Heart failure

Kansas City Zoo mourns loss of gorilla to congestive heart failure

Last year we announced the extraordinary procedure that saved one of our resident gorillas – a blood transfusion from Charlie to his gravely ill brother Curtis. Both recovered well, but that turned out to be just the start of Curtis’ health journey. Today we share the heartbreaking news that Curtis, 28, was euthanized on October 1 due to congestive heart failure.

Curtis and Charlie, both male western lowland gorillas, arrived in Kansas City in March 2020. In February 2021, however, Curtis exhibited symptoms including vomiting, abdominal discomfort, lack of appetite, and lethargy. A CT scan revealed blood in his abdomen from a hemorrhage in his left kidney which was putting extreme pressure on the organ. As is often the case, the cause was unknown. It was determined that a blood transfusion was the only option.

Several months later, however, Curtis exhibited similar symptoms and it was determined that the only chance to save him was the removal of the affected kidney. Charlie was again immobilized to provide blood to transfuse his brother. Without it, Curtis would almost certainly have died during the complex 7-hour surgery. An incredible team of specialists came together and the kidney was successfully removed. After the surgery, Curtis slowly but surely recovered, regaining his appetite and eventually, his playfulness. Throughout Curtis’ ordeal, he was under the dedicated care of the zoo’s veterinary health team as well as the Gorilla Troop’s animal care specialists. Additionally, local, national, and international doctors and veterinarians consulted on the case, lending their expertise, lending medical equipment, and even helping to perform surgery.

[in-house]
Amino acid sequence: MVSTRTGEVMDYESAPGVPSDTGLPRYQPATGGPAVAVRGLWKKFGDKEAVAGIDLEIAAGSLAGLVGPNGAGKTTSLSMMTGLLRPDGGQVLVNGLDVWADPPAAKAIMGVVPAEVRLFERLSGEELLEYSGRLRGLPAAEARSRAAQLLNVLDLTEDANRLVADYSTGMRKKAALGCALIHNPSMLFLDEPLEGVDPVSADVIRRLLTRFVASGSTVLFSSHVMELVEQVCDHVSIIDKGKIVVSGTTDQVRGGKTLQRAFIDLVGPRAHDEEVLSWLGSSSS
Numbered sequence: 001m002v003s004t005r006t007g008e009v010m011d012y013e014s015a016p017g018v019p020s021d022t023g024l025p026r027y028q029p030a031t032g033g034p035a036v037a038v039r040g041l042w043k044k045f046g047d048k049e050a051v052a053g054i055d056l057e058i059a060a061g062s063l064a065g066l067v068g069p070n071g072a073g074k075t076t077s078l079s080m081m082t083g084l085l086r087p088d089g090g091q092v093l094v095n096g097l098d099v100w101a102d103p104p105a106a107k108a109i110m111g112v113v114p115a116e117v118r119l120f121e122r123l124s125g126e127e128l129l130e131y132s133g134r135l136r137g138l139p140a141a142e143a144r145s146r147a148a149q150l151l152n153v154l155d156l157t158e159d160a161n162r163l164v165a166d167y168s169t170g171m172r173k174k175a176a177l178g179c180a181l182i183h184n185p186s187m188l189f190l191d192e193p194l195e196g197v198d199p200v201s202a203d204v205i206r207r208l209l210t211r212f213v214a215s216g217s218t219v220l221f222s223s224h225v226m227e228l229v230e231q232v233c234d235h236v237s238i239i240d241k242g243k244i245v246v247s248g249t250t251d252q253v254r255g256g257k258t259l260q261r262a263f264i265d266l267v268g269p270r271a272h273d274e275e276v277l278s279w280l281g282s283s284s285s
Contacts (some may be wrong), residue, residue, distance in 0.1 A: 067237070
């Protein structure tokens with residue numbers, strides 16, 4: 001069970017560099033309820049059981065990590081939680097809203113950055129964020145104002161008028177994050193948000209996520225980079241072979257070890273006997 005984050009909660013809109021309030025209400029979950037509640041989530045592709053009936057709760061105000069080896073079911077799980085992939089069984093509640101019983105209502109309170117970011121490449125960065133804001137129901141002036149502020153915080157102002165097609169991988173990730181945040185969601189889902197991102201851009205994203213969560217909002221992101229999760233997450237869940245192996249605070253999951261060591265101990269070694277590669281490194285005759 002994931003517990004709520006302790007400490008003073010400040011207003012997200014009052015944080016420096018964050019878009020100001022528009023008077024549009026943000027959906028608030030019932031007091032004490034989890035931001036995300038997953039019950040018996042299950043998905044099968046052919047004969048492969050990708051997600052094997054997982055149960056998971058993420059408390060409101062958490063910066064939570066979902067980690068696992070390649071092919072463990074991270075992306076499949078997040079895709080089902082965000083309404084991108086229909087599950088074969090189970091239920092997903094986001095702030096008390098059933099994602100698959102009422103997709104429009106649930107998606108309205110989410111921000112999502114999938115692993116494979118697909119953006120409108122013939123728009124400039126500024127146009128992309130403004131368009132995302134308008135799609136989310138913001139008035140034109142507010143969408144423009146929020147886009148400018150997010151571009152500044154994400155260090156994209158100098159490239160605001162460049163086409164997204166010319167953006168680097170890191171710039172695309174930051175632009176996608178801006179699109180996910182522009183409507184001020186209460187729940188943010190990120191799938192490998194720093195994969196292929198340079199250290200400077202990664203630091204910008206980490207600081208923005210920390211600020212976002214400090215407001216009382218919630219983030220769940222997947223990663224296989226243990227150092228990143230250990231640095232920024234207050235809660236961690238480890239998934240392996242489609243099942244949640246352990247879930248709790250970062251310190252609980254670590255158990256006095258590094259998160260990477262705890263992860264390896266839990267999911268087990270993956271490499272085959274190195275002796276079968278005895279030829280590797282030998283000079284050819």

Curtis won the hearts of everyone who met him with his easy-going and curious nature. Even on days when he wasn’t feeling his best, Curtis remained gentle and confident with those who tried to help him. As the entire zoo family mourns, we take comfort in knowing that the groundbreaking care Curtis has received will help many other animals. Curtis gave a big fight to his illness and everything learned from his situation will be passed on to other institutions.